geekette and WalnutBaron like this.
  7. geekette

    geekette Guest

    Joined:
    Jun 6, 2005
    Messages:
    6,373
    Likes Received:
    120
    Trophy Points:
    63
    Baron, the kid thing was not SS-related, it had to do with another post citing non-working mommies refusing to marry in order to collect welfare or whatever that state calls it. Off the rails? I cannot disagree with you there! The point was the very programs you reference were elsewhere referenced with disdain because taxpayers foot it.

    I am still concerned about the women married off, discouraged from schooling and careers, encouraged to latch onto a man that will provide for them. It still happens, it always will, and wage gap contributes to it. I don't think that having children should be the test. Married people are a social unit, they share income, homes, taxes, etc. To not provide for the woman that supported the man's career is punitive, whether or not there are children. Women live longer with worse SS records, lower wages, etc. We can't fix that, women bear children and do not birth them in the office and immediately continue on writing the email or whatever. If we choose to dump the spouse part, we will be back to poverty-ridden widows. And a huge slowdown in marriage and birth rates as women must choose away from the social unit that puts their potential earnings in jeopardy and forgo having kids in order to afford Life. By not marrying, they may escape MommyTracking that inhibits career growth. The less future workers, the worse SS gets, but a female can at least avoid career sidetracking by avoiding having children and the marriage tether.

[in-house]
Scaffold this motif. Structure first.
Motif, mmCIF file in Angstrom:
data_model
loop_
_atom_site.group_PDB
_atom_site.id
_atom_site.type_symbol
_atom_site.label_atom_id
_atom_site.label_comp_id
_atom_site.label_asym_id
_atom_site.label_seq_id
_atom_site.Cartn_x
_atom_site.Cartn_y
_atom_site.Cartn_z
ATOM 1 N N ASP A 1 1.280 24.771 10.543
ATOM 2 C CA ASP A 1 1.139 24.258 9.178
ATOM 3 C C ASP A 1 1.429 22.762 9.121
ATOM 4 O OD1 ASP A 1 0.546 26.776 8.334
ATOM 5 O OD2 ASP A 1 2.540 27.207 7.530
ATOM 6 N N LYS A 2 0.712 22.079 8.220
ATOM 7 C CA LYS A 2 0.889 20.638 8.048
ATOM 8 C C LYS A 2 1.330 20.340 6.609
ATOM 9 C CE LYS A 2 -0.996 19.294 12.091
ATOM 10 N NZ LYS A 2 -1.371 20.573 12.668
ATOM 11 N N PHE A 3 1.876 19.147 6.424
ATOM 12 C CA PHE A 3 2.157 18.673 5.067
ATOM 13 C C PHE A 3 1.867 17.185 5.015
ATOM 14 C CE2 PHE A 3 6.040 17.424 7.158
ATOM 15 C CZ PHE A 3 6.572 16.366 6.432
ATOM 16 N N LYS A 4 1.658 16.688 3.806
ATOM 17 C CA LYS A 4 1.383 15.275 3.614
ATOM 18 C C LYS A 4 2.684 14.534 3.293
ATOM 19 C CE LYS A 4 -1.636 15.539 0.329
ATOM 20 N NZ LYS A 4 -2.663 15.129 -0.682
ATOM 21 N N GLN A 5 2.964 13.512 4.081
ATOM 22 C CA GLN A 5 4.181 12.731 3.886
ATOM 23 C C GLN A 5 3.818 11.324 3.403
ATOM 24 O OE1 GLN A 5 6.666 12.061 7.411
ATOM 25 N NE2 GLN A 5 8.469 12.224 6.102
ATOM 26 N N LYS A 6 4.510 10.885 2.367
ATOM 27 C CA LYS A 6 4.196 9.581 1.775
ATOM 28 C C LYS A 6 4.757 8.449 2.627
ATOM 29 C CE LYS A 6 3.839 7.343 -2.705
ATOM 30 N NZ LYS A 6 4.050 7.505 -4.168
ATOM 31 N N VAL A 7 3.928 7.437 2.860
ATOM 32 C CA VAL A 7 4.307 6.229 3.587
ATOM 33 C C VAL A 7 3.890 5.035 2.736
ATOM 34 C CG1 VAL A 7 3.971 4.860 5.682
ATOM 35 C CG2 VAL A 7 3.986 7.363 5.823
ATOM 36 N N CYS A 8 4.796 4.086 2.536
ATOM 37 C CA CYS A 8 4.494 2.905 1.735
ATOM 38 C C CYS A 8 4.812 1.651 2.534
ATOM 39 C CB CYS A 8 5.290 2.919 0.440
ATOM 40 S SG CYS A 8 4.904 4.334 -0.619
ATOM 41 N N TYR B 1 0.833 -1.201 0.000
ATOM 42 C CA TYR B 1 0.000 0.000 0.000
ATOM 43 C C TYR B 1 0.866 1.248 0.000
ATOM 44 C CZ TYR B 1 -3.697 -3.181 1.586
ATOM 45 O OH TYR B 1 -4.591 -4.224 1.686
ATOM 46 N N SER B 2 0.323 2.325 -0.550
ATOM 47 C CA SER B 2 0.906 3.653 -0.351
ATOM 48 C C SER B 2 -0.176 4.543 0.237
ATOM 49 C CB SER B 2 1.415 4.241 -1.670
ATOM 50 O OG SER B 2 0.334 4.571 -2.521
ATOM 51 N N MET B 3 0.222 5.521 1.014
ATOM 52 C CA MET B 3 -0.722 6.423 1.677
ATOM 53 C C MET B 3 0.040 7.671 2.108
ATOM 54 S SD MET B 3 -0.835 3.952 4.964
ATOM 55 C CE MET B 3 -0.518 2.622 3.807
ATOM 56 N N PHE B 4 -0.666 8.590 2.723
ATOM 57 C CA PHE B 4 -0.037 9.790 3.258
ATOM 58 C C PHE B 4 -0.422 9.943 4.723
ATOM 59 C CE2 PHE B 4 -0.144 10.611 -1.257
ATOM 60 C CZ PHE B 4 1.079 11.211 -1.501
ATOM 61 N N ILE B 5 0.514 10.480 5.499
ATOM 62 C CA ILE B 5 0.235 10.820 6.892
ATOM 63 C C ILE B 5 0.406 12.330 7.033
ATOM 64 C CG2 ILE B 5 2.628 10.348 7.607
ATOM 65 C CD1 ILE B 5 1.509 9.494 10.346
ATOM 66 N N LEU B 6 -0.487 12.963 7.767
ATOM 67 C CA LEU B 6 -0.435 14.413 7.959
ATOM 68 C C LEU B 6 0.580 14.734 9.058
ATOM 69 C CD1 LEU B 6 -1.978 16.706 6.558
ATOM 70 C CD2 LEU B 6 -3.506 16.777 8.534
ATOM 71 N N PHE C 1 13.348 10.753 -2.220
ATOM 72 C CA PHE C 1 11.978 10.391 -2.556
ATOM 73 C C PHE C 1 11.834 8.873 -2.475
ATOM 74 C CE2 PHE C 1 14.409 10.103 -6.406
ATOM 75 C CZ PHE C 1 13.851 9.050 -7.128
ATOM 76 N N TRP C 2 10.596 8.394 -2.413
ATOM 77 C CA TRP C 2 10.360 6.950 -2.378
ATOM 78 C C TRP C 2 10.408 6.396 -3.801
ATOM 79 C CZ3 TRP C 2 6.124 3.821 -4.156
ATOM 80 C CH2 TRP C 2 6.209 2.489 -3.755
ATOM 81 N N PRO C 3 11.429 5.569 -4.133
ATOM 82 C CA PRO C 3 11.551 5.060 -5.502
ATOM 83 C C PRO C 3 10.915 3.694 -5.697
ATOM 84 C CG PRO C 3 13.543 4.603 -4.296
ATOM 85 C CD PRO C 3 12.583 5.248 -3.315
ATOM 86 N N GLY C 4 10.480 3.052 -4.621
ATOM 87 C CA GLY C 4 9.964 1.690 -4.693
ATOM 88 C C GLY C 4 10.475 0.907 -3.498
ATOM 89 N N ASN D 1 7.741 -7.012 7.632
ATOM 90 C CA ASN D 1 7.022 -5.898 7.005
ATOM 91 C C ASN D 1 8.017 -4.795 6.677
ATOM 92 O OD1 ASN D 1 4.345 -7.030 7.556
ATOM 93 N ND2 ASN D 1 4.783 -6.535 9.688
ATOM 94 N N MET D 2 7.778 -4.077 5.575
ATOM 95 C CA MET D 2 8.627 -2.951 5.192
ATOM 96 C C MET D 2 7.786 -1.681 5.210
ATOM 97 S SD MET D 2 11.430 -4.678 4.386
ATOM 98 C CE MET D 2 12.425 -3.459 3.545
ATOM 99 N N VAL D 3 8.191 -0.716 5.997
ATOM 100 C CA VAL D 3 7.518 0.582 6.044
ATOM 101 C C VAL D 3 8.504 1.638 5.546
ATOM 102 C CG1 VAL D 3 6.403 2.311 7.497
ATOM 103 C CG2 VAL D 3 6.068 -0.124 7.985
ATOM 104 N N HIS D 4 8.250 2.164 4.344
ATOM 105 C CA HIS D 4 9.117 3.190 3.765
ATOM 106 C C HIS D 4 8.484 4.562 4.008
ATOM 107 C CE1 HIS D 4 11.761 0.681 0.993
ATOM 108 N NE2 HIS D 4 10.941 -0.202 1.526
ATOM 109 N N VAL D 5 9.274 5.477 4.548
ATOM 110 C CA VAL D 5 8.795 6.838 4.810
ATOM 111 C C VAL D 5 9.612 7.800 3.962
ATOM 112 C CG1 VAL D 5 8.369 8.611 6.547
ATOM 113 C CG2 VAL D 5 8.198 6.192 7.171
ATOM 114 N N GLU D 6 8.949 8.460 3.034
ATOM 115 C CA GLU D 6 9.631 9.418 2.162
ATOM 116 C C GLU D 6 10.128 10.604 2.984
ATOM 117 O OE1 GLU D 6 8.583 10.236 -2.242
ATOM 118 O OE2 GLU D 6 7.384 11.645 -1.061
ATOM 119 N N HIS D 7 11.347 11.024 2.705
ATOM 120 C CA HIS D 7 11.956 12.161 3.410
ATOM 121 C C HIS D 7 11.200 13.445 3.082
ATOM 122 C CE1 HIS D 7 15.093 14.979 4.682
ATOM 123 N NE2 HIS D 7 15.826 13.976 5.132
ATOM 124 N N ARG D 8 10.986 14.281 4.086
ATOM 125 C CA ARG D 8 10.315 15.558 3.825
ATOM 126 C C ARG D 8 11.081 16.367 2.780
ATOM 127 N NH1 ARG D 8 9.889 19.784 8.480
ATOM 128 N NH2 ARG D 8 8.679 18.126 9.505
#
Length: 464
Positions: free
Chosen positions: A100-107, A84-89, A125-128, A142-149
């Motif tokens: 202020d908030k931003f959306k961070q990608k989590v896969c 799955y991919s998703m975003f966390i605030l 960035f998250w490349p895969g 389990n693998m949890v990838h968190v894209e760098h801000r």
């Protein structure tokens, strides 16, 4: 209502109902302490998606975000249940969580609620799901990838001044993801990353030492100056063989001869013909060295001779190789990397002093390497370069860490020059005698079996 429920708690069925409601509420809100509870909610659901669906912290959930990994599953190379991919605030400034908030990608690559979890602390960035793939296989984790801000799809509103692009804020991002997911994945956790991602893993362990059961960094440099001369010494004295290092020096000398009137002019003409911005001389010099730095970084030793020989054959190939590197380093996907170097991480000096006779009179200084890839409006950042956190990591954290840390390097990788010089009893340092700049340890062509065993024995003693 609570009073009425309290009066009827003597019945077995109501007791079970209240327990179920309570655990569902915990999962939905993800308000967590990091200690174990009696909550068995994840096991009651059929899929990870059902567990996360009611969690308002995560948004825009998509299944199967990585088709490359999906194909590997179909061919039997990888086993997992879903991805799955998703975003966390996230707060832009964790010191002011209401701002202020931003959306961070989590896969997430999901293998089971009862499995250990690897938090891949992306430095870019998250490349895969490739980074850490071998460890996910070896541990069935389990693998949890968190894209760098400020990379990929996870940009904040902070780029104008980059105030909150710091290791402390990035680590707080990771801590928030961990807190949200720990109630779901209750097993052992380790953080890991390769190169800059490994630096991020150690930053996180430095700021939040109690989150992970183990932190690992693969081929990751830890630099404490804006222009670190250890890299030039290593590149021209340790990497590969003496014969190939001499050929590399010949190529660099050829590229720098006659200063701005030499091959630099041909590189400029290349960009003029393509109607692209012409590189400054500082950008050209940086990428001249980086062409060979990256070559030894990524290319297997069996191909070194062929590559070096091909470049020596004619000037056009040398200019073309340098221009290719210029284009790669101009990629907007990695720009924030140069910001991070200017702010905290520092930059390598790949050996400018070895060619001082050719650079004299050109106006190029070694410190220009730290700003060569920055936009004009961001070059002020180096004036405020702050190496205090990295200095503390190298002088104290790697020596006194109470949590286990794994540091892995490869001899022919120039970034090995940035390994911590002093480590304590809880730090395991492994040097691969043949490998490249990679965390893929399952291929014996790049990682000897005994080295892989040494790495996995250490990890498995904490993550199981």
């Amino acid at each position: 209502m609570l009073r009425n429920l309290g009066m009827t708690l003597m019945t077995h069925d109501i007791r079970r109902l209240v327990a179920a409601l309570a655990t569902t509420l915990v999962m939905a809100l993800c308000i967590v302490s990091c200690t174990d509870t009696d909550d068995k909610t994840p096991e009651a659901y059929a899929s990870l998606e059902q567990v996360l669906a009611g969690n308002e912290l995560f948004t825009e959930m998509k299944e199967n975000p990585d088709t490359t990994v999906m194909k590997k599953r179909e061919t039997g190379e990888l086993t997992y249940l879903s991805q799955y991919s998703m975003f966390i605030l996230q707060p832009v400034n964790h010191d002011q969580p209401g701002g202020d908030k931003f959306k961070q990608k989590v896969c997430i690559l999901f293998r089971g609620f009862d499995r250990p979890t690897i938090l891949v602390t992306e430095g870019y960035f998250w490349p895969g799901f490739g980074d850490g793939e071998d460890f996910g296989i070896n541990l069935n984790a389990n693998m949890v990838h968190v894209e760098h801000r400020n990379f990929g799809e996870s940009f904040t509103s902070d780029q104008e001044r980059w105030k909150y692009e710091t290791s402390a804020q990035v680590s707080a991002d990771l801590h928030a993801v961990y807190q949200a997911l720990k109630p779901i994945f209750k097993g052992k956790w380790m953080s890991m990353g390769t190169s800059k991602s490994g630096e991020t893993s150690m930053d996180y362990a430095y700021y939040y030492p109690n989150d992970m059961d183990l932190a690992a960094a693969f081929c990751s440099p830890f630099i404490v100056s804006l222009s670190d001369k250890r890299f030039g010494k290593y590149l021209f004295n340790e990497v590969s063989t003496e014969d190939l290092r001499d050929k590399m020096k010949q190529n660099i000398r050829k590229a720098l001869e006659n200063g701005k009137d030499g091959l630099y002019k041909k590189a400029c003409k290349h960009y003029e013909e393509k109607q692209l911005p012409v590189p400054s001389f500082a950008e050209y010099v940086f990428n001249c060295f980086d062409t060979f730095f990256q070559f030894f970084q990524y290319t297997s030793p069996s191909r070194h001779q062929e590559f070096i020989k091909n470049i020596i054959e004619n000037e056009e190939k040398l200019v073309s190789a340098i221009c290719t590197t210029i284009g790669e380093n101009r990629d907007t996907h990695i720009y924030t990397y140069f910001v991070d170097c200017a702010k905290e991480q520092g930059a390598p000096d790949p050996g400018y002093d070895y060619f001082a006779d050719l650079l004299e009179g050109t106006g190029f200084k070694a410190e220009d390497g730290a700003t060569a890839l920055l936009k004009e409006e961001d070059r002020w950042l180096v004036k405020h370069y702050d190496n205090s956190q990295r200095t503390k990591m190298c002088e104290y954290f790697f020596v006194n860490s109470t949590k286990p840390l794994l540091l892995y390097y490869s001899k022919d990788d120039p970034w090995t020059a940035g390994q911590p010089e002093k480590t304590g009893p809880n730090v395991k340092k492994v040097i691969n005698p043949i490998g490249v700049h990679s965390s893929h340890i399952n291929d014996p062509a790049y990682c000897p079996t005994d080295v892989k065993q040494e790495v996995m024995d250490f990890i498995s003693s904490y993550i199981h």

To collect on spouse record, the marriage must have been at least 10 years and if that marriage ended in divorce, not remarried. Before becoming moms, most women do work so it is not true that they never paid in. But their earnings for same work as men are less. The uterus tax is not going away.

    My own mother would have been one of those in poverty if not for spousal SS and pension (greatly reduced after employee death). She did what society told her to do - work until you are married and then stop working and raise children. A choice, for sure, but it was The Path for women then and the workplace has not changed significantly enough to help women stay afloat regardless of choices made. One sick kid and you can be out of a job. Women cannot 'have it all' until society allows it, and until then, they suffer financially compared to men. The problem is magnified in old age, after the men die off, if women can only collect on their own spotty records.

    I'm frankly not concerned about me, I am to the point of the low paying teen and college years coming off the record, replaced by later better paying years. But my sister will be in deep doo doo if this "own record" stuff comes to pass. Her own fault for volunteering as the kids went to school instead of paid work. Her husband made good money, she didn't need money, she choose to give back to the community. The thanks for that would be dismal SS due to all those unpaid years of actual work, value unrecognized.